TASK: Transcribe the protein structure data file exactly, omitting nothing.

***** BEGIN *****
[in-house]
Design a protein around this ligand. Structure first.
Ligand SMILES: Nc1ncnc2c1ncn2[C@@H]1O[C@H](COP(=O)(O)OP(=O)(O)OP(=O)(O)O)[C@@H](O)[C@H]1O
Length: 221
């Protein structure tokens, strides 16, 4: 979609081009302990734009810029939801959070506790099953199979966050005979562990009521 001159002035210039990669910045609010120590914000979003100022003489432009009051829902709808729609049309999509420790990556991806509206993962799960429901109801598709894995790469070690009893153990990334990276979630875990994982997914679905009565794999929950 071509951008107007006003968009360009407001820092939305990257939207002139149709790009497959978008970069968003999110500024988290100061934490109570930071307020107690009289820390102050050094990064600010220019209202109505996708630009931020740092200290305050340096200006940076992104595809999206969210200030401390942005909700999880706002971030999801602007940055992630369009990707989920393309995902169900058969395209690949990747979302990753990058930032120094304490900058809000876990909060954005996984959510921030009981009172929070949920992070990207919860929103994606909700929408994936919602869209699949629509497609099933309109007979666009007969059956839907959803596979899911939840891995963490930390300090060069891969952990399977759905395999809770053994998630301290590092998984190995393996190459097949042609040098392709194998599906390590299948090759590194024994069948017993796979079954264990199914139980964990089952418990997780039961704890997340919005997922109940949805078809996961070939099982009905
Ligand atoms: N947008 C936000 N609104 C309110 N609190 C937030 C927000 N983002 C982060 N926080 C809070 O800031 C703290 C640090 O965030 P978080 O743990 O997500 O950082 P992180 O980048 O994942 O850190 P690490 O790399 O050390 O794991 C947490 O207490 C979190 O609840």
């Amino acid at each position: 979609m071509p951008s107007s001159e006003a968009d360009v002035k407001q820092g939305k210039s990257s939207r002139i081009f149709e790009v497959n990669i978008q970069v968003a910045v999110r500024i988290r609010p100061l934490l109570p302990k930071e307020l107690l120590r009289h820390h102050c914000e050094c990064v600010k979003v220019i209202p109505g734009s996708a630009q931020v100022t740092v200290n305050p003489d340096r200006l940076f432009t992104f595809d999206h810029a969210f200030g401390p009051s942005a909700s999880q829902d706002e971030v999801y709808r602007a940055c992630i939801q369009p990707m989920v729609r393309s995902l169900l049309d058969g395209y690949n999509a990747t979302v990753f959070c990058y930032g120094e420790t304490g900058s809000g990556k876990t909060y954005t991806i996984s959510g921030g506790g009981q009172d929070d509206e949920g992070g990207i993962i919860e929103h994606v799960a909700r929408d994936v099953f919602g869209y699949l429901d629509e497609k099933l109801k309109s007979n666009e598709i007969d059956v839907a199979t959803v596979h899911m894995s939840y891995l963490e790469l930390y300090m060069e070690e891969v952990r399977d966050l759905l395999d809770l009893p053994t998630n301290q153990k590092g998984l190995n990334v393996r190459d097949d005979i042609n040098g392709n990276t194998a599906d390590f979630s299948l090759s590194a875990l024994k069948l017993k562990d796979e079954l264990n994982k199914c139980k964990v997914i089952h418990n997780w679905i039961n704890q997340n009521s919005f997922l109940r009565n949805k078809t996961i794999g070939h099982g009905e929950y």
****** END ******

[in-house]
Design a protein around this ligand. Structure first.
Ligand SMILES: Nc1ncnc2c1ncn2[C@@H]1O[C@H](COP(=O)(O)OP(=O)(O)OP(=O)(O)O)[C@@H](O)[C@H]1O
Length: 221
């Protein structure tokens, strides 16, 4: 979609081009302990734009810029939801959070506790099953199979966050005979562990009521 001159002035210039990669910045609010120590914000979003100022003489432009009051829902709808729609049309999509420790990556991806509206993962799960429901109801598709894995790469070690009893153990990334990276979630875990994982997914679905009565794999929950 071509951008107007006003968009360009407001820092939305990257939207002139149709790009497959978008970069968003999110500024988290100061934490109570930071307020107690009289820390102050050094990064600010220019209202109505996708630009931020740092200290305050340096200006940076992104595809999206969210200030401390942005909700999880706002971030999801602007940055992630369009990707989920393309995902169900058969395209690949990747979302990753990058930032120094304490900058809000876990909060954005996984959510921030009981009172929070949920992070990207919860929103994606909700929408994936919602869209699949629509497609099933309109007979666009007969059956839907959803596979899911939840891995963490930390300090060069891969952990399977759905395999809770053994998630301290590092998984190995393996190459097949042609040098392709194998599906390590299948090759590194024994069948017993796979079954264990199914139980964990089952418990997780039961704890997340919005997922109940949805078809996961070939099982009905
Ligand atoms: N947008 C936000 N609104 C309110 N609190 C937030 C927000 N983002 C982060 N926080 C809070 O800031 C703290 C640090 O965030 P978080 O743990 O997500 O950082 P992180 O980048 O994942 O850190 P690490 O790399 O050390 O794991 C947490 O207490 C979190 O609840």
């Amino acid at each position: 979609m071509p951008s107007s001159e006003a968009d360009v002035k407001q820092g939305k210039s990257s939207r002139i081009f149709e790009v497959n990669i978008q970069v968003a910045v999110r500024i988290r609010p100061l934490l109570p302990k930071e307020l107690l120590r009289h820390h102050c914000e050094c990064v600010k979003v220019i209202p109505g734009s996708a630009q931020v100022t740092v200290n305050p003489d340096r200006l940076f432009t992104f595809d999206h810029a969210f200030g401390p009051s942005a909700s999880q829902d706002e971030v999801y709808r602007a940055c992630i939801q369009p990707m989920v729609r393309s995902l169900l049309d058969g395209y690949n999509a990747t979302v990753f959070c990058y930032g120094e420790t304490g900058s809000g990556k876990t909060y954005t991806i996984s959510g921030g506790g009981q009172d929070d509206e949920g992070g990207i993962i919860e929103h994606v799960a909700r929408d994936v099953f919602g869209y699949l429901d629509e497609k099933l109801k309109s007979n666009e598709i007969d059956v839907a199979t959803v596979h899911m894995s939840y891995l963490e790469l930390y300090m060069e070690e891969v952990r399977d966050l759905l395999d809770l009893p053994t998630n301290q153990k590092g998984l190995n990334v393996r190459d097949d005979i042609n040098g392709n990276t194998a599906d390590f979630s299948l090759s590194a875990l024994k069948l017993k562990d796979e079954l264990n994982k199914c139980k964990v997914i089952h418990n997780w679905i039961n704890q997340n009521s919005f997922l109940r009565n949805k078809t996961i794999g070939h099982g009905e929950y």